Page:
WHERE: The Devonport City Council’s recent multi-million dollar foreshore makeover will be a perfect location for this year’s Oceania Championships. The 2012 event will be conducted at a brand new venue in Devonport at the Devonport Surf Life Saving Club and Mersey Bluff foreshore which will allow for a natural amphitheatre for athletes and spectators alike.
WHAT: Some of the biggest names in Australian and New Zealand triathlon will line up in the 2012 OTU Oceania Championships which will include multi-faceted races for Elites, Under 23s, Juniors and Age Groupers.
THE STAKES: At the top of the list will be all-important London Olympic positions which are up for grabs for Oceania Federations as well as all-important ITU and Olympic rankings points; ITU World Championship qualification for Age Groupers; the Elite, Under 23s, Age Group Oceania Championships; the final race in the Australian Junior Series as well as the exciting Trans Tasman Teams Challenge.
WHAT IT MEANS: With only eight countries allowed the maximum of three athletes per gender on the London start line, the battle to secure the one automatic spot granted to Oceania countries will be fiercely contested. So serious are the Kiwis that they have also designated the Oceania Championships as their National Championships “an event normally hosted in Wellington.
FLYING THE MEN’S FLAG: Flying the Australian men’s flag will be Beijing Olympian Courtney Atkinson, former ITU World Champion-cum-Ironman king Chris McCormack, emerging Victorian World Cup-winner Brendan Sexton and a host of emerging stars including, Jamie Huggett, Drew Box, Aaron Royle, James Seear and Ryan Fisher.
THE KIWIS: For the Kiwis, two-time Olympic medallist Bevan Docherty, two-time NZ Commonwealth Games representative and former world aquathlon champion Kris Gemmell, the under 23 Oceania champion Ryan Sissons and Tony Dodds, who was second across the line in the Australian Sprint Championship in Geelong last month, will lead the New Zealand men.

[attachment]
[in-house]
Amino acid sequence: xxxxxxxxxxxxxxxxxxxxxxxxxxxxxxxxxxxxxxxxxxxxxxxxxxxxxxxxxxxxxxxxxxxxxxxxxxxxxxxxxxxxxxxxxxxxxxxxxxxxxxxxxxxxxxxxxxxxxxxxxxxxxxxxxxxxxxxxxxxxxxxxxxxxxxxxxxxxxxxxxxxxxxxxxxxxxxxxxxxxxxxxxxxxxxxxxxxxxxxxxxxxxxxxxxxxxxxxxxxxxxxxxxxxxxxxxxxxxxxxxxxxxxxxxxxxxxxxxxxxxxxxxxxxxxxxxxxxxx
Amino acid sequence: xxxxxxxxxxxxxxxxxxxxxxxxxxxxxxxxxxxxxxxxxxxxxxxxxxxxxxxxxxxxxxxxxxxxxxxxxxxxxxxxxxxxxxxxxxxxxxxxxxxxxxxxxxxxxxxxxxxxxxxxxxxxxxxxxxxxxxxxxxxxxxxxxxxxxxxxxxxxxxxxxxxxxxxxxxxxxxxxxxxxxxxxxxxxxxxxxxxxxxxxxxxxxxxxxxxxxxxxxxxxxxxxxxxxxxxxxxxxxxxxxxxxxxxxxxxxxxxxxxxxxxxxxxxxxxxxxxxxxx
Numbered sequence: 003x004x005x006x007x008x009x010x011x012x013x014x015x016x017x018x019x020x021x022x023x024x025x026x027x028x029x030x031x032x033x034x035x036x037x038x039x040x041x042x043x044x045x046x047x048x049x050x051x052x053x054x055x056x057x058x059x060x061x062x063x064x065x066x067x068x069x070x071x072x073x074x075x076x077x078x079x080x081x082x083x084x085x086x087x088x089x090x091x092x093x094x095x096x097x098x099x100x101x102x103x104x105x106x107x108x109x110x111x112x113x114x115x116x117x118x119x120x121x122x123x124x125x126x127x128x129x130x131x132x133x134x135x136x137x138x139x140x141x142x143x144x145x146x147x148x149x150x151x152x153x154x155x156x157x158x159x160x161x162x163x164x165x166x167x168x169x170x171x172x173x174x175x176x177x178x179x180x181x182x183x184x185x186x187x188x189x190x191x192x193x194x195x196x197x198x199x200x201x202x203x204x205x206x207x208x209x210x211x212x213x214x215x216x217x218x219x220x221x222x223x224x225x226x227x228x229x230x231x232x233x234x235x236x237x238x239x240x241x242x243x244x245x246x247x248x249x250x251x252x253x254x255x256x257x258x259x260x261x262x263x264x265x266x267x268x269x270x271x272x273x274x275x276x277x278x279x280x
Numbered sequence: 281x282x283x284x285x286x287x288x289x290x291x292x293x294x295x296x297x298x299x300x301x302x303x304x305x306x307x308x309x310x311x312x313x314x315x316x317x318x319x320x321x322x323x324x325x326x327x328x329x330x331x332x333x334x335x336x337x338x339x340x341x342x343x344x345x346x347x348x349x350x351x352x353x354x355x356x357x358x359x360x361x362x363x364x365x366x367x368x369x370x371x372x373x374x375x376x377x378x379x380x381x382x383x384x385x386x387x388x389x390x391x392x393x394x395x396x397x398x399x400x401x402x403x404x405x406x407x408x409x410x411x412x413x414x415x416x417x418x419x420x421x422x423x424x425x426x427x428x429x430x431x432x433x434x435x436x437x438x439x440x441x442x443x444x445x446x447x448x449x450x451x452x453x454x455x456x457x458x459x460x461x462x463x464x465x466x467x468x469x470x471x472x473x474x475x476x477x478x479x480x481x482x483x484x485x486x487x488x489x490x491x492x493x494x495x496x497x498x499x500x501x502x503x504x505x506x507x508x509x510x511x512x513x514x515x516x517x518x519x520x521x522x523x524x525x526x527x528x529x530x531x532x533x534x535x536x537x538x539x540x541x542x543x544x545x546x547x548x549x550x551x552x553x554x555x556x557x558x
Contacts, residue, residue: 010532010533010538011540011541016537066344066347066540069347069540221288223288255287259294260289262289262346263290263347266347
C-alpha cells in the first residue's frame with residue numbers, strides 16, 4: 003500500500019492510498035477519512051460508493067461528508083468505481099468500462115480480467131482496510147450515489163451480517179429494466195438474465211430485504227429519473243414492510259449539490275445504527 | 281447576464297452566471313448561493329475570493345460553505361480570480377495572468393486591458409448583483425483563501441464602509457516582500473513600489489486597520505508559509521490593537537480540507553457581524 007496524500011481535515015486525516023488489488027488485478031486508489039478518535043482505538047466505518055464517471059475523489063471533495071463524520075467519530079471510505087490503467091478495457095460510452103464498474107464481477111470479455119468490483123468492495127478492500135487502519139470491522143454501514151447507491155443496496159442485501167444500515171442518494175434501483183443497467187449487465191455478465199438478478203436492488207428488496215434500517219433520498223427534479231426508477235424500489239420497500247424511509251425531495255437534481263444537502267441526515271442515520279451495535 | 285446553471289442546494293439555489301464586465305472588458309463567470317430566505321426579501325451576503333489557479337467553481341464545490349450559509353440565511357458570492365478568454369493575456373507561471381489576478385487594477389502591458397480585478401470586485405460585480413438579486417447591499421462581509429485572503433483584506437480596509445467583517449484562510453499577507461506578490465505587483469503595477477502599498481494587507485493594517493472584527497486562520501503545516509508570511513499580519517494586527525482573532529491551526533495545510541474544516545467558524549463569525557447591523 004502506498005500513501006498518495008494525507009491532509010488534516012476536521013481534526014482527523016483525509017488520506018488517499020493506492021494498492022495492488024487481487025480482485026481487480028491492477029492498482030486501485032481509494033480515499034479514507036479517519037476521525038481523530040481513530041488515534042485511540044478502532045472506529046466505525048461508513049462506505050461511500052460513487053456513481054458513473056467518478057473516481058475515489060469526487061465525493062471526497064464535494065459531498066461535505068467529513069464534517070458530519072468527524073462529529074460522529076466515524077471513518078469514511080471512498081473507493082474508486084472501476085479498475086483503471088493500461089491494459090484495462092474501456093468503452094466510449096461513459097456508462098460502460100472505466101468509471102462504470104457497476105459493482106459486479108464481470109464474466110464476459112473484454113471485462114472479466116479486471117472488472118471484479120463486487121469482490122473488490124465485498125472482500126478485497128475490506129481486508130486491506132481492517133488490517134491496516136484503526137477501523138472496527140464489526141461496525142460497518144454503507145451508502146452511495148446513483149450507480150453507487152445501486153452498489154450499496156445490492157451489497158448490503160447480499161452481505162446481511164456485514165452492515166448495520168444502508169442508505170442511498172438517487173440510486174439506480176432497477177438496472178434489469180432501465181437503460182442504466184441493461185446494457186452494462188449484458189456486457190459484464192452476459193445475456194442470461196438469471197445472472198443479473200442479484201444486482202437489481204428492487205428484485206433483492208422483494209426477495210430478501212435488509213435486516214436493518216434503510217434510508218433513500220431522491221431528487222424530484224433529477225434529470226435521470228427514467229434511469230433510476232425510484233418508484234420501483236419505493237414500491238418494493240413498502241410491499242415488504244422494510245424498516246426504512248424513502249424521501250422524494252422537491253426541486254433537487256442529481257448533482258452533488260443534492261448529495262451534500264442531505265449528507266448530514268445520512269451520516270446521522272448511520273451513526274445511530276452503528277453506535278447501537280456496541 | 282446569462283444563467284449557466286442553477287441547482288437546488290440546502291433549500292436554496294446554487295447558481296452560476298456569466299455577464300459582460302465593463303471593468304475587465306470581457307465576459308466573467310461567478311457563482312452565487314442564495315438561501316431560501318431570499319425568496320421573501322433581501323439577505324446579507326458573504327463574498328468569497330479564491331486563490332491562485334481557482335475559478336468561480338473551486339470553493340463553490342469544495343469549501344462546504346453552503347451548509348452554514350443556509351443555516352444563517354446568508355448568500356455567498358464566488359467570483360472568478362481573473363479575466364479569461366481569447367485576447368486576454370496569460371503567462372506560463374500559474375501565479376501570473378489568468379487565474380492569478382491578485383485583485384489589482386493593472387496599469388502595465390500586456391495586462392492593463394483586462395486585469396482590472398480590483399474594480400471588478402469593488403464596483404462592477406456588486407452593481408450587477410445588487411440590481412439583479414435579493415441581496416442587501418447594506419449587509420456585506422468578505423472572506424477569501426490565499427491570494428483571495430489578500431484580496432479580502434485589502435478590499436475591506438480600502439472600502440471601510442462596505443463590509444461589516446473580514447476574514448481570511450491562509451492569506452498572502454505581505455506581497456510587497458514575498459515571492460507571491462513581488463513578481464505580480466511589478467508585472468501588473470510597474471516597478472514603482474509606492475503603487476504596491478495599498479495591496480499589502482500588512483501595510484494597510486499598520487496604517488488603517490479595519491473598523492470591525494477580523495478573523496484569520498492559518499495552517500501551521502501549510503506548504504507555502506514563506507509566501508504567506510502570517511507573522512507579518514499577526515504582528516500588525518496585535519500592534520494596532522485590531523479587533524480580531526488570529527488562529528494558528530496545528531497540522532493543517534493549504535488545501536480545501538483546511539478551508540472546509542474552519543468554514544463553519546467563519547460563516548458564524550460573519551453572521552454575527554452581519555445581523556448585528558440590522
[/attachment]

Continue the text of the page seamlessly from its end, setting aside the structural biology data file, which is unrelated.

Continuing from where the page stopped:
THE WOMEN: While the women’s field may not have the numbers, it has attracted a select field with Australia’s elite contingent led by Beijing Olympian Erin Densham, the brilliant Emma Jackson along with World Cup winner Ashleigh Gentle.
PAST EVENTS: Devonport last hosted the Oceania Championships back in 2004 when Beijing Olympian Brad Kahlefeldt outsprinted Sydney Olympian Miles Stewart to win the men’s race. British athlete Liz Blatchford won the women’s race from Barb Lindquist (USA) and Nicole Hackett. Interestingly, in that year Triathlon New Zealand used the Devonport race as it final selection race for the Athens Olympic Games. Nathan Richmond finished fourth overall and beat a fast finishing Kris Gemmell to secure the third and final New Zealand Olympic spot for Athens. In the women’s race Samantha Warriner held out Shanelle Barrett by ten seconds to secure her Athens spot on the New Zealand Olympic team. The 2004 race also included Athens Gold medallist Hamish Carter (NZL), Ironman athletes Craig Alexander and Chris McCormack, while the women’s field in 2004 included 2008 Beijing Olympians Erin Densham and Emma Moffatt along with Ironman athletes Mirinda Carfrae and Sam McGlone (CAN).
SATURDAY START TIMES (Mersey Bluff Beach):
7-7:30am – AGE GROUP (Olympic Distance)
10.15am “ITU JUNIOR WOMEN
11.30am “ITU JUNIOR MEN
1pm – ELITE WOMEN AND UNDER 23S
3.30pm – ELITE MEN AND UNDSER 23S